Ginger Developments Limited (who purchased the
business formerly trading as George L Ballantyne); Grahams Dairies
Limited; Quothquan Farms Ltd; A Renfrew & Sons Limited; Scottish
Milk Dairies Limited together with First Milk Limited; and Robert
Wiseman & Sons Ltd together with Robert Wiseman Dairies plc.
Allegation that processing dairies colluded to fix prices and
share markets for the sale of fresh processed milk to middle-ground
customers in Scotland.
Chapter I Competition Act 1998.
Case closure summary
In April 2001, the OFT opened a formal investigation into alleged price
fixing and market sharing by milk processors in Scotland. This initial
investigation was closed in October 2002 as the OFT considered that it
had insufficient evidence of an infringement and the case did not look
sufficiently promising to warrant further resources being committed.
Following receipt of further information, the OFT re-opened its
investigation in May 2003 and, as a result of that investigation, issued
a Statement of Objections (SO) in September 2006 setting out its
provisional findings that the six processing dairies listed above (the
Parties) had committed an infringement. The alleged infringement
involved an agreement and/or concerted practice to fix prices and share
markets between 2000 and 2003, in contravention of Chapter I of the
Competition Act 1998. Not every dairy processor was alleged to have
participated in every year or in every aspect of the alleged
After the OFT issued the SO, the Parties had the opportunity to make
representations on the OFT's provisional findings. The OFT received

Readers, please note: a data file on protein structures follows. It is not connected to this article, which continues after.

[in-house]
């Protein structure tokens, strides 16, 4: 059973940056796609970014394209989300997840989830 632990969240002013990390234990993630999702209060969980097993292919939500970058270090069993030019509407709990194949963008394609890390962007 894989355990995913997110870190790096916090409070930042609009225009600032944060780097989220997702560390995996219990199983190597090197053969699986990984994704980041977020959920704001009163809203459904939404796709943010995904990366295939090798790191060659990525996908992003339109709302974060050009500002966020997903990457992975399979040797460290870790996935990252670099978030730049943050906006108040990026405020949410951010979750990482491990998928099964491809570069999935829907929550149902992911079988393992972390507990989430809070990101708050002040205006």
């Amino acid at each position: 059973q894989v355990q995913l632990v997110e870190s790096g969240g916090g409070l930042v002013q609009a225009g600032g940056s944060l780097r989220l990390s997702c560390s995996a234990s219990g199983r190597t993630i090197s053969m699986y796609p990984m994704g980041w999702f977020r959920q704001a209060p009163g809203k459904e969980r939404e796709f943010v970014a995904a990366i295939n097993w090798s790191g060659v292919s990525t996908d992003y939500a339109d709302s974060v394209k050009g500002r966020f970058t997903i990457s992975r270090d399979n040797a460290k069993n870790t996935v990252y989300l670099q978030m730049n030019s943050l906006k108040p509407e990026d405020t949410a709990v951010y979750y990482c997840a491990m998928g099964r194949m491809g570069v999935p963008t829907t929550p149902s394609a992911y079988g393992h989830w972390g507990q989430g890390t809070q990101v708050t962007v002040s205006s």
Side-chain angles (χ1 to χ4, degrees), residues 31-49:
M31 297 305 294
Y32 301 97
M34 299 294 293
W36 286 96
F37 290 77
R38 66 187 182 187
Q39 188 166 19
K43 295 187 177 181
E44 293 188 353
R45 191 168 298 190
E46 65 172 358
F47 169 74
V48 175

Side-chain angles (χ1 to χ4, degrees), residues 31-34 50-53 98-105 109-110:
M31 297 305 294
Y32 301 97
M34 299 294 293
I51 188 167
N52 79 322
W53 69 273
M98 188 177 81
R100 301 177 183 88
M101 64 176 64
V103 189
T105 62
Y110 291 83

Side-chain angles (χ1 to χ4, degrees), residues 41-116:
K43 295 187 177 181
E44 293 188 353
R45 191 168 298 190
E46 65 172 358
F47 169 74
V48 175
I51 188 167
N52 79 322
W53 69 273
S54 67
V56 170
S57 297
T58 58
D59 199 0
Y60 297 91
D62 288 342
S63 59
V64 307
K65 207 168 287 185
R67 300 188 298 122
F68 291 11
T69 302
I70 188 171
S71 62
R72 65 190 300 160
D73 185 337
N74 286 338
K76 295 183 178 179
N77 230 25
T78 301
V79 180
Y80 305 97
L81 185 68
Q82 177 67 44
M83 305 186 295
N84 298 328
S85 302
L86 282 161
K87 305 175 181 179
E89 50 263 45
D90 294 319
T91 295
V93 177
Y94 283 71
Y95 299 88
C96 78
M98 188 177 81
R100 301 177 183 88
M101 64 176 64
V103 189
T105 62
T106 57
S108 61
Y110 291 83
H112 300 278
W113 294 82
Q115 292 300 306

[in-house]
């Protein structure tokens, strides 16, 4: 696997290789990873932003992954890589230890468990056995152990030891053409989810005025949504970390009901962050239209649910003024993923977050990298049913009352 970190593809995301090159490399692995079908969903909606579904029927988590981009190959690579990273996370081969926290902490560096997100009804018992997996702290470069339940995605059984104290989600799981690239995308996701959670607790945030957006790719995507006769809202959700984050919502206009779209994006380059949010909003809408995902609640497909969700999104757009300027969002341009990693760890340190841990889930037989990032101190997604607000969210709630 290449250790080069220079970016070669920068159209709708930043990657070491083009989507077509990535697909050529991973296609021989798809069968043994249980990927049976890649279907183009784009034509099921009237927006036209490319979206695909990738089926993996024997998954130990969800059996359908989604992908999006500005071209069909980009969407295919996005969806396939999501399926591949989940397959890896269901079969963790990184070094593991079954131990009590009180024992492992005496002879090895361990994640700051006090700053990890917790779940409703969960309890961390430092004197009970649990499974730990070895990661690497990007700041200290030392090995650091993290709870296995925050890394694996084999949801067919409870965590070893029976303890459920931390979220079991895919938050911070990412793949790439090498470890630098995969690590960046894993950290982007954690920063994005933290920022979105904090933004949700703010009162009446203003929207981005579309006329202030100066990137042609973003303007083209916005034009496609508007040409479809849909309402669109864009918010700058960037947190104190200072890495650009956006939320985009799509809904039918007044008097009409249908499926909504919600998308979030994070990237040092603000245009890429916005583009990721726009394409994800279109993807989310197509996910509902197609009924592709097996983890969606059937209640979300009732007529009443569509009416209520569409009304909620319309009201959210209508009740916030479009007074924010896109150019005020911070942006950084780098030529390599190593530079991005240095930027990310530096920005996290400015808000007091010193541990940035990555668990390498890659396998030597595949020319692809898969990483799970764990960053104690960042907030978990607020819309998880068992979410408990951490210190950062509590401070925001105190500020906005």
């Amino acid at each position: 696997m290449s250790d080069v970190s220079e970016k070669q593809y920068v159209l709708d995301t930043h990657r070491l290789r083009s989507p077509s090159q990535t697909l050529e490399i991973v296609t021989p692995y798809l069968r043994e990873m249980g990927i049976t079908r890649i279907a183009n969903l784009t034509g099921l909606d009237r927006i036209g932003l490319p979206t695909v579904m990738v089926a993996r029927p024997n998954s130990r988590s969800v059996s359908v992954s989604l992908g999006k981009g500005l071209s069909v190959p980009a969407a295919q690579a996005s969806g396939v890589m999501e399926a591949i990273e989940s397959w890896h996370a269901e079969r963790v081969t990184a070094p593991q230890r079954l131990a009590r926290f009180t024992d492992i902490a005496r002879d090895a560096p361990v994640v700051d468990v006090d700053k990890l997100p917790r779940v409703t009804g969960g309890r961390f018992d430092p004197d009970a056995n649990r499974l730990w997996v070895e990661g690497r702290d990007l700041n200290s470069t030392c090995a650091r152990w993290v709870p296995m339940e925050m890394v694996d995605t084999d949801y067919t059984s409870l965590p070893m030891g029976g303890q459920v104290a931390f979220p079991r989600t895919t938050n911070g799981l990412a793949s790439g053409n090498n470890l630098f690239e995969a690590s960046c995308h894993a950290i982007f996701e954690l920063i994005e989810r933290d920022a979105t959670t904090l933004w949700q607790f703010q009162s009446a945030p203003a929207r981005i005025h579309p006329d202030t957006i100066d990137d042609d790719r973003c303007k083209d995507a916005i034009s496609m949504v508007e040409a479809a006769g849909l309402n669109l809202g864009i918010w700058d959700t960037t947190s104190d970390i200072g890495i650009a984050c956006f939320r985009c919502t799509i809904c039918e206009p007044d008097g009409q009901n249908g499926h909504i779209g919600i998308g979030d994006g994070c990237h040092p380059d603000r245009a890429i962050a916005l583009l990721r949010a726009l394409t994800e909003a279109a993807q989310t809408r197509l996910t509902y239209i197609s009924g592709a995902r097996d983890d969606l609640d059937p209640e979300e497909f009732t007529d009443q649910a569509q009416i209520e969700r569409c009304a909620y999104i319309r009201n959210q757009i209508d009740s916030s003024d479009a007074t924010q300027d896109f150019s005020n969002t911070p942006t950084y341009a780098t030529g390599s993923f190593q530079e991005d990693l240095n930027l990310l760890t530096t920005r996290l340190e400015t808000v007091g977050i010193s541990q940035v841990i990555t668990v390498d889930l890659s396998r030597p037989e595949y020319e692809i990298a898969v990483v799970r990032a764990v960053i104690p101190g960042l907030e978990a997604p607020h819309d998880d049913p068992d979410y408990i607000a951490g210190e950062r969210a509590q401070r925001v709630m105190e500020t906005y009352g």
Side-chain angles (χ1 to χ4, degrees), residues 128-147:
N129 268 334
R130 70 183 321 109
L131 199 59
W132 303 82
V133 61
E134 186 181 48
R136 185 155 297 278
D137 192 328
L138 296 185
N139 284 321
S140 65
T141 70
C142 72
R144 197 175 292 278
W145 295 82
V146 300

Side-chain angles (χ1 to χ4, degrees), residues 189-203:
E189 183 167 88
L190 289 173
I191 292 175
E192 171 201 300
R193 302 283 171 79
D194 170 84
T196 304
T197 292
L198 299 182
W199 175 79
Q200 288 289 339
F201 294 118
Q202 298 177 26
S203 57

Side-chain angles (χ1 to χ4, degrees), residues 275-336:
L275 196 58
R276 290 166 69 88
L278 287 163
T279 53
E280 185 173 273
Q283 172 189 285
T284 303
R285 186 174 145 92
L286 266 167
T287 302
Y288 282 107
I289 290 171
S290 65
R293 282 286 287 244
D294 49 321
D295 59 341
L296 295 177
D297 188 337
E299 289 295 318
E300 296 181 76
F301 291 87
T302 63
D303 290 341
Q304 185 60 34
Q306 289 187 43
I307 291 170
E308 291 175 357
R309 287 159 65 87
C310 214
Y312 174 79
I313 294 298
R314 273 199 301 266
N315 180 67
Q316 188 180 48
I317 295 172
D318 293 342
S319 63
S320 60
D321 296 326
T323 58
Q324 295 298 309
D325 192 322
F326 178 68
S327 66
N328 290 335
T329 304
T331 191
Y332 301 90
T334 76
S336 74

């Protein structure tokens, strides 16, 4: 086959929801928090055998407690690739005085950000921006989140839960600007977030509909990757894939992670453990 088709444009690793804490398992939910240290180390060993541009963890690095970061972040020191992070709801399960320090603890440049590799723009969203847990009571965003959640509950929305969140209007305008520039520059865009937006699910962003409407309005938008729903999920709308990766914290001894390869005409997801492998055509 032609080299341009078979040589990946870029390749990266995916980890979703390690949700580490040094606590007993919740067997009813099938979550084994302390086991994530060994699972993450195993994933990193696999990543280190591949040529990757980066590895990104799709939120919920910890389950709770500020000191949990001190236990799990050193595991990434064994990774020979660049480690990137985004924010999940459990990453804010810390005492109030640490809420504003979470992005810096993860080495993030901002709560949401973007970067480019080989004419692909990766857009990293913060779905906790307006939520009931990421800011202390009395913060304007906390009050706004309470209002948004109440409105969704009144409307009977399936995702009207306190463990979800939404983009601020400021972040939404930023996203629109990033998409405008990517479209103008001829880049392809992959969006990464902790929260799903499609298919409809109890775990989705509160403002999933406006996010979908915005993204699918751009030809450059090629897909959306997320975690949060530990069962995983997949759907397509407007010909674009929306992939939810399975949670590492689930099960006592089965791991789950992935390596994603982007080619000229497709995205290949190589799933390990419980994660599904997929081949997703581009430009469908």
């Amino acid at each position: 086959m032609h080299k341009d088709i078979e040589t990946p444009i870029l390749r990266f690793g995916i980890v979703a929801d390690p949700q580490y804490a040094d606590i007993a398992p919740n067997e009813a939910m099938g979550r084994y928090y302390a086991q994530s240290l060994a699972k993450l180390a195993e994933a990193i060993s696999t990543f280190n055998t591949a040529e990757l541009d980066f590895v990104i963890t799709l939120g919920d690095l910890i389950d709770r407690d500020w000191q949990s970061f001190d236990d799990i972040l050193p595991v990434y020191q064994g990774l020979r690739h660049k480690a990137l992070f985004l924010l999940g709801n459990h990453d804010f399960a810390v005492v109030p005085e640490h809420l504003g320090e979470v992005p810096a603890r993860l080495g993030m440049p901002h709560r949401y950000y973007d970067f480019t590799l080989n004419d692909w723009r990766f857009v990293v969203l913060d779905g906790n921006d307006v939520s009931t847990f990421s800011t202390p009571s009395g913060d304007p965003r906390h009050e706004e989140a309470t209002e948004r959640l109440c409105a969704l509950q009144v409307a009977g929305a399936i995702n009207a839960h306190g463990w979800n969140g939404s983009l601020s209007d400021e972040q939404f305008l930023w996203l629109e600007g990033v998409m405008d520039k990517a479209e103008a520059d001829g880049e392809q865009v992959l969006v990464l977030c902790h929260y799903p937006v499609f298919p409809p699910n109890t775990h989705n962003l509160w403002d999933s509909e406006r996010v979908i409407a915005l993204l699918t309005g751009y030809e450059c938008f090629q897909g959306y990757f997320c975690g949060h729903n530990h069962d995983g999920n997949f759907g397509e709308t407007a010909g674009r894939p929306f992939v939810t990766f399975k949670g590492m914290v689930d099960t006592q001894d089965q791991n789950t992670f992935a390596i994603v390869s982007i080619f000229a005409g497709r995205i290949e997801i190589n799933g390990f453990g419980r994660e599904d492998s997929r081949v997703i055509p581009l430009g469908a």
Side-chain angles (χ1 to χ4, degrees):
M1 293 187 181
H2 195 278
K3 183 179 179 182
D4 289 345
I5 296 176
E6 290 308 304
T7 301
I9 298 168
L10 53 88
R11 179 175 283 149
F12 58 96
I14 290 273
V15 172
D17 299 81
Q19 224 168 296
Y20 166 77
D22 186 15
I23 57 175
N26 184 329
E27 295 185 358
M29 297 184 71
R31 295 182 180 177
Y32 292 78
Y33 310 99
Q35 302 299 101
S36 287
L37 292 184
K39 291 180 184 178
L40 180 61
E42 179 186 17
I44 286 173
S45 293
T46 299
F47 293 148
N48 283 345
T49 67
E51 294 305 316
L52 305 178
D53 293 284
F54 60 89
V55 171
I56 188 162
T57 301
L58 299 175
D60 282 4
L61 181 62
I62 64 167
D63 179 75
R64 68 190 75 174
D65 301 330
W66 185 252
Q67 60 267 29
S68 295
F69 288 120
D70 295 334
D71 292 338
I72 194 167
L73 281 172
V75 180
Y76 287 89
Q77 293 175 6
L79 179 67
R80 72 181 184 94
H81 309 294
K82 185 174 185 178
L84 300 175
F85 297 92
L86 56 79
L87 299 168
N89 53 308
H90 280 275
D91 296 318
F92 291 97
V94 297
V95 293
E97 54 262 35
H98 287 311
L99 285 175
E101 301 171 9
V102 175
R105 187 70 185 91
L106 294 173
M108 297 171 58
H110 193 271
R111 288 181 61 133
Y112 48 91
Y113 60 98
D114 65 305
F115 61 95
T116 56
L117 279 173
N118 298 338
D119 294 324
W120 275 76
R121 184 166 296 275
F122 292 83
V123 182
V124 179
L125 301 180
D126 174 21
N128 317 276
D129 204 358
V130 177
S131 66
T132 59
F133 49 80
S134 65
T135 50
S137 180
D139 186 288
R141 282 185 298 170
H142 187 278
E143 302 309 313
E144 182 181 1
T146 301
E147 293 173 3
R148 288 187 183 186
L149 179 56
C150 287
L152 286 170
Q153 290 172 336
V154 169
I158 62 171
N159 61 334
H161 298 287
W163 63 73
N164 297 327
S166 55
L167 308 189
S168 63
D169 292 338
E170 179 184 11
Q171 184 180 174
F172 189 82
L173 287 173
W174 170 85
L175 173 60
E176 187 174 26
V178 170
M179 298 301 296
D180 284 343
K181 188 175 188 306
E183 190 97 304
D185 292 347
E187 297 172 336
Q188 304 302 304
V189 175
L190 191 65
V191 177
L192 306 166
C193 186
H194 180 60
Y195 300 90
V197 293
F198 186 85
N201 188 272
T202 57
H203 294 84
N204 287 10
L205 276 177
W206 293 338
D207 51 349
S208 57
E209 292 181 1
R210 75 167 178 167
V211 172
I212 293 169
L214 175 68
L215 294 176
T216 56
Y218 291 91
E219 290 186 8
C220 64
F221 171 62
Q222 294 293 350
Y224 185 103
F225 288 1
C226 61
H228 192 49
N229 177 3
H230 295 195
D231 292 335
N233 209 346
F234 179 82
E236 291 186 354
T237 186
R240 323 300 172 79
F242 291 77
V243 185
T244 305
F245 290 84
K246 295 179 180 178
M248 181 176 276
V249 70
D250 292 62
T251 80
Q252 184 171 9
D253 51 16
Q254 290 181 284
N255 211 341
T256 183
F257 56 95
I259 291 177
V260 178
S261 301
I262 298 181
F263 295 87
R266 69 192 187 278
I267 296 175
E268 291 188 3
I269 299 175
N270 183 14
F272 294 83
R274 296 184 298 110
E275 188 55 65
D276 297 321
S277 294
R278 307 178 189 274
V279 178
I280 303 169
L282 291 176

extensive representations from the Parties including new evidence. The
OFT reviewed all the representations received and also undertook further
investigative enquiries in light of some of the new evidence that had
been put forward by some of the Parties.
The OFT has decided, after consultation, that the evidence now in its
possession can no longer sustain a finding of infringement as set out in
the SO. In addition, again after consultation, the OFT has also decided
that further investigation would not successfully enable it to adopt an
infringement as set out in the SO and that further investigation of any
of the matters raised by the investigation would not be an appropriate
use of its resources. In particular, the OFT does not consider it likely
that in the foreseeable future significant new evidence relating to the
conduct the subject of the SO will come to light. Whilst there remains
evidence on the OFT's file of behaviour by some market participants
which may potentially have infringed the Chapter I prohibition, further
investigation would be required to bring an infringement decision and
the OFT does not consider, not least given the passage of time, the
nature of the evidence collected to date and the resources that would be
required and its other priorities, that it should devote further
resources to such further investigation.
Case reference: CE/3117-03